Earlier this month, House Ways and Means Committee Republicans began a series of focused meetings to advance the release of a tax reform bill for consideration by the committee this fall.  While Committee Chairman Dave Camp (R-MI) has suggested additional drafting remains to be completed before release of  a bill, the Committee staff is believed to have penned considerably more than the previously released discussion drafts on international corporate taxation, financial products and passthrough entities. 

Some Committee Democrats, including Ranking Member Sander Levin (D-MI), have criticized the Chairman for not including them in these meetings, but Committee Republicans have suggested that the Chairman is simply first ensuring consensus within his own party before reaching out to Democrats. Others, however, insist that Camp has not yet been successful in securing Democratic support for the type of “revenue-neutral” approach to tax reform that he has promised to produce and, therefore, bipartisan discussions at this stage would be unproductive.  Nonetheless, there are Democrats who have advocated the pursuit of comprehensive tax reform, and we believe Chairman Camp would welcome their support.

These Republican Member meetings are the latest in a series of steps that Chairman Camp and Senate Finance Committee Chairman Max Baucus (D-MT) have taken in preparation for moving large-scale tax reform. Earlier this year, both the Senate Finance and House Ways and Means Committees forged ahead on options for tax reform, convening closed-door sessions that produced options papers on the Senate side and structuring bipartisan working groups for public input on the House side. Further, in recent months, the Chairmen have embarked on a “Simpler Taxes for America” tour, visiting businesses across the country in an effort to build public support for reform. 

While the timing for comprehensive reform remains uncertain, we expect both Chairmen, and a number of senior Congressional leaders, to look for ways to accelerate the tax reform process. For example, Chairman Camp and many House Republicans have indicated that legislation to raise the nation’s debt limit, which is necessary in mid-October, should include binding instructions compelling a tax reform process to occur in a time certain.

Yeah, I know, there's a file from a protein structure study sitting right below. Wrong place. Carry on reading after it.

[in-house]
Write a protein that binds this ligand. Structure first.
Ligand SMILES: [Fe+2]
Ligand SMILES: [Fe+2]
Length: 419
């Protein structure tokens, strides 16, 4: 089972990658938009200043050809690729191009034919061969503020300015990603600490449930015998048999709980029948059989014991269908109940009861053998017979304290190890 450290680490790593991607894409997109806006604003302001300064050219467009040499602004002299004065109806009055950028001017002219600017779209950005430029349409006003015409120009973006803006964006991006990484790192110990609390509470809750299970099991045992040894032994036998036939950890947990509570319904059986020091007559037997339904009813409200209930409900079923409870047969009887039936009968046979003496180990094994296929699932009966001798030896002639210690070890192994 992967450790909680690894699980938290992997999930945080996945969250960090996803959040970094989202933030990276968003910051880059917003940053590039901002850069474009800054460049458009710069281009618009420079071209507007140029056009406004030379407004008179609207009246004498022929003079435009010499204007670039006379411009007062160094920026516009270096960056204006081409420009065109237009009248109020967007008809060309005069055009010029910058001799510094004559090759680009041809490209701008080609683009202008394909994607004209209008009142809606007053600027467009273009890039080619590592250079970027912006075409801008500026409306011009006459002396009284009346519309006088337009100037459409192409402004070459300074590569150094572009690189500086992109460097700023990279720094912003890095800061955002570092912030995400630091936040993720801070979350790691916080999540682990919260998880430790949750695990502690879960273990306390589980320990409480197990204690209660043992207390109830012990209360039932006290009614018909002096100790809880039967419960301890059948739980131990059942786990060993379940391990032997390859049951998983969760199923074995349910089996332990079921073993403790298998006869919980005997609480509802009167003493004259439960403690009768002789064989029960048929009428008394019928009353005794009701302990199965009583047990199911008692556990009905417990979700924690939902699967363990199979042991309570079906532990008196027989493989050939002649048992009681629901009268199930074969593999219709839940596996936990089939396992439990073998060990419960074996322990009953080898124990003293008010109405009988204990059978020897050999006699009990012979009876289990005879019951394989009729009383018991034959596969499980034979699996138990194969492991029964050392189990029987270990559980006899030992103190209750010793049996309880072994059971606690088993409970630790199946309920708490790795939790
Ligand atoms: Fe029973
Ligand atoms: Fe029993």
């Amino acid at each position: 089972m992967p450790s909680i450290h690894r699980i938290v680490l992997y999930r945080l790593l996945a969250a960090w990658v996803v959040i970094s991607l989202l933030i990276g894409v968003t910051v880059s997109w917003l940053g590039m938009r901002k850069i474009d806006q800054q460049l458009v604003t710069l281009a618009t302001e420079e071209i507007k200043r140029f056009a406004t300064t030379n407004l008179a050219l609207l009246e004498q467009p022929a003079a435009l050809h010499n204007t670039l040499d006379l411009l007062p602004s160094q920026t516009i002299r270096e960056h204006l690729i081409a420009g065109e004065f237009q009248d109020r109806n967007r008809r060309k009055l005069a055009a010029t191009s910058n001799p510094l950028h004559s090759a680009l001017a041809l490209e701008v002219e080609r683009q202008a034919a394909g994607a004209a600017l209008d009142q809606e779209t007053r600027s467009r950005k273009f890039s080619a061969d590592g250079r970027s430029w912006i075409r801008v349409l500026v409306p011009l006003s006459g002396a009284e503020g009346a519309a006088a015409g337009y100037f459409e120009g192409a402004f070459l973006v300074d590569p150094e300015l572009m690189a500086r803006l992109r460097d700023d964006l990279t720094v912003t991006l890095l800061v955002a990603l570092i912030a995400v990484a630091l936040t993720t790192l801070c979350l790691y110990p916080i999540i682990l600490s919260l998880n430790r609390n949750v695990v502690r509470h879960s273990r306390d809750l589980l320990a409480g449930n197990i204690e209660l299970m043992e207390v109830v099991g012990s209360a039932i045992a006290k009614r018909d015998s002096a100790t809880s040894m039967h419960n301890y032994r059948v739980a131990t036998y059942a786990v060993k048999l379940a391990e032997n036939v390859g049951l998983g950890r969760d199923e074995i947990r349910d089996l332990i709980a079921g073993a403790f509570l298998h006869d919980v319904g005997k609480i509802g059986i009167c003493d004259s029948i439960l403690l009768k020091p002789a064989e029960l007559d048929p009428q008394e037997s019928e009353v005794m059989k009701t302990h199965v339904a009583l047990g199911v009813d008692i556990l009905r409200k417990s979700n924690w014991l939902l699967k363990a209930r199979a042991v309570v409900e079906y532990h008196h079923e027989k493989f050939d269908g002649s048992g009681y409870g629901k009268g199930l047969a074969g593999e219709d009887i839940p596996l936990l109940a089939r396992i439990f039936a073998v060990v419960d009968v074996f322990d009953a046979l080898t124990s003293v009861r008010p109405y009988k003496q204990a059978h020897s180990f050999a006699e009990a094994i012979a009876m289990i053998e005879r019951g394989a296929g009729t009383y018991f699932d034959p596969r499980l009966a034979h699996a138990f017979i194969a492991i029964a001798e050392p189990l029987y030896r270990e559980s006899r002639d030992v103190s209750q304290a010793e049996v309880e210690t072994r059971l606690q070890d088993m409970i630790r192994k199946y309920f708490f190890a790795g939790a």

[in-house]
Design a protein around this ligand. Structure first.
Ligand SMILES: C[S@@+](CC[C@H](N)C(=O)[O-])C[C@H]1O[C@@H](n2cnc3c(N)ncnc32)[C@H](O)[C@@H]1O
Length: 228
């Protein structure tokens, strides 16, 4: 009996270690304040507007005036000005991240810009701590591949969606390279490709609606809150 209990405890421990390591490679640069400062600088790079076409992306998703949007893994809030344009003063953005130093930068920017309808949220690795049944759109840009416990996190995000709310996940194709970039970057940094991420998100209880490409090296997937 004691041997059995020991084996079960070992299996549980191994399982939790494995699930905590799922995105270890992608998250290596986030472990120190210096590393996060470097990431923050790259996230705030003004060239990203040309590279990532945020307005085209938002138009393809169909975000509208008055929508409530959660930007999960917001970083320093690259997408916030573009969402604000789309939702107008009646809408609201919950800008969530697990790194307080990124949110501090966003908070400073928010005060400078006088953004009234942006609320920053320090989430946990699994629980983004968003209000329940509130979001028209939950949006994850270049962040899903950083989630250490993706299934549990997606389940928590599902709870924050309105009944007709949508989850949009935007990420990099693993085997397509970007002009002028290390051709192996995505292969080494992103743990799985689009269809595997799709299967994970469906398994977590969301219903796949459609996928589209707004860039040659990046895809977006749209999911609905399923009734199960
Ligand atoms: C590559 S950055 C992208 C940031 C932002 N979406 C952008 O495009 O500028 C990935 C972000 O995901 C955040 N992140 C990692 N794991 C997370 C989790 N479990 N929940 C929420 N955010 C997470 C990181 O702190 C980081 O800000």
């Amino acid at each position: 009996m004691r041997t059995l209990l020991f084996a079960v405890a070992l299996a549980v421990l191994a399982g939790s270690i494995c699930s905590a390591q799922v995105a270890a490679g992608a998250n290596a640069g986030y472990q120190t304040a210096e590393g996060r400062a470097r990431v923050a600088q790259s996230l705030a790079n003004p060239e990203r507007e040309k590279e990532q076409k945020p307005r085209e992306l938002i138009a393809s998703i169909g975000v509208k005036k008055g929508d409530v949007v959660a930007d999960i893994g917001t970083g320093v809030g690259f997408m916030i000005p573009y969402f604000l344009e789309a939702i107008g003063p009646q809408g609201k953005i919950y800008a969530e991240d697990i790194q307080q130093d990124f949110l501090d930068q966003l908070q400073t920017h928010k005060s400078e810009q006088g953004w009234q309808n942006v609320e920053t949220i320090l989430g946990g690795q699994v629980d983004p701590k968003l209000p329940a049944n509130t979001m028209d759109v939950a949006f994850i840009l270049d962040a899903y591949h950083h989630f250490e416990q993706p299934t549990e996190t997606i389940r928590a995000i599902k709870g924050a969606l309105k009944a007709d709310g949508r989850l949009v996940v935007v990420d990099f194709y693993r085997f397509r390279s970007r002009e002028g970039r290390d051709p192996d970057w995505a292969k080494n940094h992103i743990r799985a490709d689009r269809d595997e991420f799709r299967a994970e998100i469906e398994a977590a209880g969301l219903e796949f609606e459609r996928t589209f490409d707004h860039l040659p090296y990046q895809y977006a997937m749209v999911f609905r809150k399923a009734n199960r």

Again, while the prospects of enacting tax reform remain uncertain, the mere release of an actual tax reform proposal by the Chairman of the House Ways and Means Committee will lay a marker and begin serious discussion, jockeying and lobbying by any sector of the economy affected by the proposal.  Given current dynamics, it is imperative to plan as though tax reform could occur in the near term and be in a position to respond to a bill that Chairman Camp releases before the Ways and Means Committee acts. 

We understand that Chairman Camp is seeking to propose a bill that substantially reduces corporate income tax rates, reduces individual income tax rates and adopts a move toward a territorial income tax system.  To accomplish those goals, the Chairman will need to propose eliminating a variety of tax credits and preferences and make other changes in current tax law. The following is a list of tax law changes that have been identified from time to time as ones that can be used to pay for revenue neutral rate reduction.

  • Eliminating or reducing deferral of active income of controlled foreign corporations (CFCs)
  • Extending asset lives for depreciation of equipment and/or changing accelerated methods of computing depreciation
  • Eliminating or cutting back the research and development credit and expensing of research and experimental expenditures
  • Eliminating the deduction for income attributable to domestic production activities
  • Eliminating or limiting the deductibility of home-mortgage interest
  • Eliminating or reducing the benefit of the exclusion of interest on public purpose State and local government debts and/or qualified private activity bonds that are currently eligible for exemption
  • Eliminating the credit for low-income housing
  • Changes in inventory methods and valuation (LIFO accounting)
  • Elimination of deferral of gain on like-kind exchanges
  • Eliminating the exclusion of investment income on life insurance and annuity contracts
  • Eliminating or cutting back on the deductions for charitable contributions
  • Repealing the exclusion from tax for earnings of qualified tuition programs
  • Eliminating or reducing the exclusion from income for benefits provided under cafeteria plans
  • Eliminating or reducing the exclusion from income for employer contributions to health care, health insurance premiums and long-term care insurance premiums
  • Eliminating or reducing the deduction for health insurance premiums and long-term care insurance premiums by self-employed
  • Eliminating net exclusion for pension contributions and earnings, including reducing or eliminating tax benefits for employer-based programs and individual retirement arrangements

These are not necessarily changes that Chairman Camp is considering.  However, they could come under consideration at any point during the debate.  Potential changes that are not in the Chairman’s mark could be introduced by other members of the Ways and Means Committee to pay for the retention of provisions of the law that Chairman Camp proposes to change.

Topics:  Corporate Taxes, Income Taxes, Proposed Legislation, Tax Reform, Ways and Means Committee

Published In: Elections & Politics Updates, Tax Updates

DISCLAIMER: Because of the generality of this update, the information provided herein may not be applicable in all situations and should not be acted upon without specific legal advice based on particular situations.

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